Vulval cancer generally presents with vulval itching and a change in the skin of the vulva which appears either white, red or dark brown. Some patients present with more advanced disease where the groin nodes are enlarged.
Diagnosis should be reached by a gynaecological oncologist who will take a history and examine the vulva. Staging investigations include blood count, renal function tests, chest x-rays and CT or MRI of the pelvis and abdomen.
Delays in Diagnosis
The main form of treatment is surgery and includes radical vulvectomy and skin grafting. Unfortunately most patients with vulval carcinoma present with late disease. Therefore medical negligence claims are difficult to prove. However, claims may be brought for:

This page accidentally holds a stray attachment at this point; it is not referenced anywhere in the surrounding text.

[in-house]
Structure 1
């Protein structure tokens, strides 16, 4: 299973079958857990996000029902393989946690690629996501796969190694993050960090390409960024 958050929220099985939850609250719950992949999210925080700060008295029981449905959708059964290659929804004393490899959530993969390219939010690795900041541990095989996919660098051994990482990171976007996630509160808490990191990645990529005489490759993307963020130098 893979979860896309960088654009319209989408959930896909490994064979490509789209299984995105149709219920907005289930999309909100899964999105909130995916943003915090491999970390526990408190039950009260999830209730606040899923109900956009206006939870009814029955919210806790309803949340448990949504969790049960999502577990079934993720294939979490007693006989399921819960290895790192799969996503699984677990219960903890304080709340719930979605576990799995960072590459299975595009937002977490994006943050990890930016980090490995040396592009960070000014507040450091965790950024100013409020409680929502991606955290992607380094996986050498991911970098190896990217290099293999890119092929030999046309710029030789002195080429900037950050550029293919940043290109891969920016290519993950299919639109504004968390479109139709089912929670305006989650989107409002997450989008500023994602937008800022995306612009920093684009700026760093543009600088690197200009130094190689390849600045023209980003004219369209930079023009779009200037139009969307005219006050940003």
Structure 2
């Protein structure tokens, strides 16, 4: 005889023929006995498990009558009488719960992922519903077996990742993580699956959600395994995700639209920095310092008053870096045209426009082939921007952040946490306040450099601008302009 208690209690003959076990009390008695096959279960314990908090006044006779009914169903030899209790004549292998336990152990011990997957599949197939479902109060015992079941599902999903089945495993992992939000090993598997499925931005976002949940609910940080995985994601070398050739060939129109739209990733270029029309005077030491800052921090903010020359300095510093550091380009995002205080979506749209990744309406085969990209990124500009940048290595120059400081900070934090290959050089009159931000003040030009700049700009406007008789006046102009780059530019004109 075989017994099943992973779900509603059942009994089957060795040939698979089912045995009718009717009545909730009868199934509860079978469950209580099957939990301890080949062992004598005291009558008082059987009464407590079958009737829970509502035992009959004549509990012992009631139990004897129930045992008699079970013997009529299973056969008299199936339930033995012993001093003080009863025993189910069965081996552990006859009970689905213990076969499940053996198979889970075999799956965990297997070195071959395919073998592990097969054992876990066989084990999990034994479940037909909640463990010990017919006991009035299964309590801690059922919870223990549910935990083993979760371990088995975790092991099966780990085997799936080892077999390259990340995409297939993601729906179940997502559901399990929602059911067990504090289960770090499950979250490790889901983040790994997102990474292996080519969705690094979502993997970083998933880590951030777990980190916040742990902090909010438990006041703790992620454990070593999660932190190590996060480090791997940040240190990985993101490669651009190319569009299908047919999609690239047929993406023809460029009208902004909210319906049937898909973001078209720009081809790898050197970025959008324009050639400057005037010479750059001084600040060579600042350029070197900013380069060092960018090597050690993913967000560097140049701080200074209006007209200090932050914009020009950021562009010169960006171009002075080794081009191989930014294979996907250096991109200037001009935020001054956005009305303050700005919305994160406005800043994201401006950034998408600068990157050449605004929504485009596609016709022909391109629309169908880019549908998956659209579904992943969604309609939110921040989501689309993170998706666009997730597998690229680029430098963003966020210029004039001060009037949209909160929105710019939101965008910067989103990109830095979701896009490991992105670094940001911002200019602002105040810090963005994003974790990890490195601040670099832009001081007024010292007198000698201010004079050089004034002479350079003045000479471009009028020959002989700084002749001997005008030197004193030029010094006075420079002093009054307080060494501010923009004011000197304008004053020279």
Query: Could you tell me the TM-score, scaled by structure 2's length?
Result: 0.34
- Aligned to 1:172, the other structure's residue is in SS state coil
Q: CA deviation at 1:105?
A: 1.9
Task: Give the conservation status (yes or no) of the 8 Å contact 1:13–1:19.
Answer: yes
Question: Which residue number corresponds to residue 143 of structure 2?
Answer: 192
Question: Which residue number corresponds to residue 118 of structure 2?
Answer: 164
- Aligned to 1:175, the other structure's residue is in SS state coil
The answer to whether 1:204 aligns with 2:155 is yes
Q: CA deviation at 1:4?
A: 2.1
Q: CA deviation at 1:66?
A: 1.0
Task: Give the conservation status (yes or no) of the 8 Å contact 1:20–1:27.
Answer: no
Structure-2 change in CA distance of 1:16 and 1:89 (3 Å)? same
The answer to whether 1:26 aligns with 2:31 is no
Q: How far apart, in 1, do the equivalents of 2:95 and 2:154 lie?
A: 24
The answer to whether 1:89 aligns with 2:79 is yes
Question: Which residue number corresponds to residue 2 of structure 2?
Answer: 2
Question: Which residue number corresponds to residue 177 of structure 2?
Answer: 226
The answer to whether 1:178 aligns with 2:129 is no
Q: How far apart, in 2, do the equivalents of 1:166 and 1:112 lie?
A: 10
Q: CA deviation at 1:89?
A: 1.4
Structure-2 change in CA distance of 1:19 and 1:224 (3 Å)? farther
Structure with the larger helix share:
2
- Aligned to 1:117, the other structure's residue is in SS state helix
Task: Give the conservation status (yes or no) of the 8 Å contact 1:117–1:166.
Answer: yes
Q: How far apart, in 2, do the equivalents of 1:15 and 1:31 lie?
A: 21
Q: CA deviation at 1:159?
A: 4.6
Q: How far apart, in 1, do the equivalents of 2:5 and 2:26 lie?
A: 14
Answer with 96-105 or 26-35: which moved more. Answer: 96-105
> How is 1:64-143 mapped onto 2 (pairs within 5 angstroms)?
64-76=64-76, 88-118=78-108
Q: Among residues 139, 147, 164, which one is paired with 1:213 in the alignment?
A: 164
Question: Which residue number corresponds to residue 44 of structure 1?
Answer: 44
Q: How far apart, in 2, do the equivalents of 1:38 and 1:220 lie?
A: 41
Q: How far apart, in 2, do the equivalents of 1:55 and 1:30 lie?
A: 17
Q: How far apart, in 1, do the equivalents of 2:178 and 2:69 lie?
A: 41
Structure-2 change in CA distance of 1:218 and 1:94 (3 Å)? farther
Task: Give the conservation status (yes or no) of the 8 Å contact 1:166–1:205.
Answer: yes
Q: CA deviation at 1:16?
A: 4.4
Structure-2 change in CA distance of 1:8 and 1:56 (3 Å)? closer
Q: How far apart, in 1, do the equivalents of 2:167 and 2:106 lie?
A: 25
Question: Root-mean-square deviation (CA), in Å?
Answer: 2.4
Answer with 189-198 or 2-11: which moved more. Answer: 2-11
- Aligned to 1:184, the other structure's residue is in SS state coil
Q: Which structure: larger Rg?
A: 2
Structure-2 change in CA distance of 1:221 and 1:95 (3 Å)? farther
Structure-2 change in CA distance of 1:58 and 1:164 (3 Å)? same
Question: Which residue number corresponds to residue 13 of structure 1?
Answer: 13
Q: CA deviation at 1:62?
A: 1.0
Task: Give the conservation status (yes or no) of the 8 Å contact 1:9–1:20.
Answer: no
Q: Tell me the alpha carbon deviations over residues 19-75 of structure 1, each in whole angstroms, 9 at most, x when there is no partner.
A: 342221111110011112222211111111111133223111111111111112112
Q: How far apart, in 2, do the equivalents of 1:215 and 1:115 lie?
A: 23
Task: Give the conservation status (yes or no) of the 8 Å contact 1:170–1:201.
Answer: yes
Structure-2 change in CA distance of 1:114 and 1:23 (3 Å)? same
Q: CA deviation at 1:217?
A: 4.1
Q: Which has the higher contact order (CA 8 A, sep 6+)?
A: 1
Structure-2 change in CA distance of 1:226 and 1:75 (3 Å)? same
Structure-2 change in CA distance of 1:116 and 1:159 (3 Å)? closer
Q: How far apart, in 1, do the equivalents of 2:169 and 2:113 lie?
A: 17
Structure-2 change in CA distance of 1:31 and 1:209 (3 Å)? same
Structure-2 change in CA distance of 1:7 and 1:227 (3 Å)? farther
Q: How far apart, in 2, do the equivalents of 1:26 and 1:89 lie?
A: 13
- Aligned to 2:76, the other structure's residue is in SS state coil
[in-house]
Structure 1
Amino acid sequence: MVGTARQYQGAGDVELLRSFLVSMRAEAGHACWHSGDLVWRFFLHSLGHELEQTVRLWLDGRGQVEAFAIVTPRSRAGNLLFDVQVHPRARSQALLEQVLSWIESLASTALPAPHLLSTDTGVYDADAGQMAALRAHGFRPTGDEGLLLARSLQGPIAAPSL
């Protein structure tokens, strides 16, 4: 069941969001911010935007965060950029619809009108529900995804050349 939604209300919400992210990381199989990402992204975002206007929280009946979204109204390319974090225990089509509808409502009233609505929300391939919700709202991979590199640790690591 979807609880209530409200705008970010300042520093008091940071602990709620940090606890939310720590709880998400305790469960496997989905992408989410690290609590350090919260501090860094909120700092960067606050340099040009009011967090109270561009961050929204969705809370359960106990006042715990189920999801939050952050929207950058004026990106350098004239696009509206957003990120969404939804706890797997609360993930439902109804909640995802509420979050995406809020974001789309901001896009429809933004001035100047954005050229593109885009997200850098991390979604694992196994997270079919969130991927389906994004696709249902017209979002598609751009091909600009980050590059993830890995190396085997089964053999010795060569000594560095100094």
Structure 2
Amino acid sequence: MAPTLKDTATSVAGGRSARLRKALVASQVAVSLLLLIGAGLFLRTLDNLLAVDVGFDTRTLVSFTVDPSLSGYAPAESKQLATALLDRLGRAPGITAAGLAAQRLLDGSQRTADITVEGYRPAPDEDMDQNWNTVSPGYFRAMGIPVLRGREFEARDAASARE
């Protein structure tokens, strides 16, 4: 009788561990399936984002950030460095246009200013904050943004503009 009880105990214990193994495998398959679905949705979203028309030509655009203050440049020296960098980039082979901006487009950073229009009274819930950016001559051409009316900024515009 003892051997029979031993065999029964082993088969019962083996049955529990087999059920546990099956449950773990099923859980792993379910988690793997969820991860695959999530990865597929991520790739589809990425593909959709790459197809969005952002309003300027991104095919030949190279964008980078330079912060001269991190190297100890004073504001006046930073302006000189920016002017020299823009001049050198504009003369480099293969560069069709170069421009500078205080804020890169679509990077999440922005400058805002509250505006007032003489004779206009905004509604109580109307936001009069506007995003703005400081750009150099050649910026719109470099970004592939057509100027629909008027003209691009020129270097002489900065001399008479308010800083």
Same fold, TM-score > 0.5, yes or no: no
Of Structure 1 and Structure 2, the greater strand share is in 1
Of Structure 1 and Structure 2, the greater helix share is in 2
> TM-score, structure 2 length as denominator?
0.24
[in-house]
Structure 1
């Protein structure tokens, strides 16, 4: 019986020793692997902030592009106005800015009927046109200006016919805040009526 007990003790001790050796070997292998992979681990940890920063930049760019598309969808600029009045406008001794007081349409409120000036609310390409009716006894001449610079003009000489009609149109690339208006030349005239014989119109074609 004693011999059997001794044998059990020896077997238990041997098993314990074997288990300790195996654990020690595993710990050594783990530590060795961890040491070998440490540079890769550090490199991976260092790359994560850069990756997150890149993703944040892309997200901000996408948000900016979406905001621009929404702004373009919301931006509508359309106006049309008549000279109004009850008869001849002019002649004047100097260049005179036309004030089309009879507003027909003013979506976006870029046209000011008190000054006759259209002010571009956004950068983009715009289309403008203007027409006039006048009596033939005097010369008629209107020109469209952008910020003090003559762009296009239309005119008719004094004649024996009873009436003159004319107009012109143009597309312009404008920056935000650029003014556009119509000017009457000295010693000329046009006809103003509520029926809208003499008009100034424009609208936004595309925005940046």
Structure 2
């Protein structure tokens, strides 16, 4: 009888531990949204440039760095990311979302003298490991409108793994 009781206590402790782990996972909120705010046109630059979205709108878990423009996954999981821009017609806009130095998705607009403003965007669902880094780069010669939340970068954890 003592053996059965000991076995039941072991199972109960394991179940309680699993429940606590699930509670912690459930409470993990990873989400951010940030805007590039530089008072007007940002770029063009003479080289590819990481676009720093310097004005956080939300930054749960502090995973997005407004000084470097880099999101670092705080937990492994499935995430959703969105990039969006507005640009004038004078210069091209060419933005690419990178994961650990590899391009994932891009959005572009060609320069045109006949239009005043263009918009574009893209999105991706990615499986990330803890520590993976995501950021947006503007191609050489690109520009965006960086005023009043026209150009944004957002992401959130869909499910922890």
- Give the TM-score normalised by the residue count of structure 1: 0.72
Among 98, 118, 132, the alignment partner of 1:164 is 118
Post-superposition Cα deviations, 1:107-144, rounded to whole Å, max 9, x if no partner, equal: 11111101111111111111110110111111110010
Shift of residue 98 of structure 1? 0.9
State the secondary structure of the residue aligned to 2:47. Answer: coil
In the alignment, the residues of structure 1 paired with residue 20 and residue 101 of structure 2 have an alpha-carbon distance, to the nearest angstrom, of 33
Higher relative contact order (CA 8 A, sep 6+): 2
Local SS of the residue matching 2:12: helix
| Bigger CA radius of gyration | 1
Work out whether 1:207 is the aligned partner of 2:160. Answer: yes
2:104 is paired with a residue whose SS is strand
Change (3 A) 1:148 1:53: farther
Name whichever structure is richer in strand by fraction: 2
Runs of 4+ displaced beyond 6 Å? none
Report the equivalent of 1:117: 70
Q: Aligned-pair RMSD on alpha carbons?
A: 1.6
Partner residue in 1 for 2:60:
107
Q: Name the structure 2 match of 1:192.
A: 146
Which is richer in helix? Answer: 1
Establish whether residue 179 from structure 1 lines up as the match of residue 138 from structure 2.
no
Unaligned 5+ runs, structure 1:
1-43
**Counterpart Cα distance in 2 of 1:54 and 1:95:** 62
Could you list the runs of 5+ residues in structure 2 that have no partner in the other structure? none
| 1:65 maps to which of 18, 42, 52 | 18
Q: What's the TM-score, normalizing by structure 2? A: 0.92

- Failure to carry out adequate examination or take an accurate history
- Failure to refer a patient to a gynaecological oncologist for further investigation
- Mistakes in interpreting the investigations
- Mistaken diagnosis of vulval cancer often resulting in unnecessary mutilating surgery which often seriously affects psychosexual function
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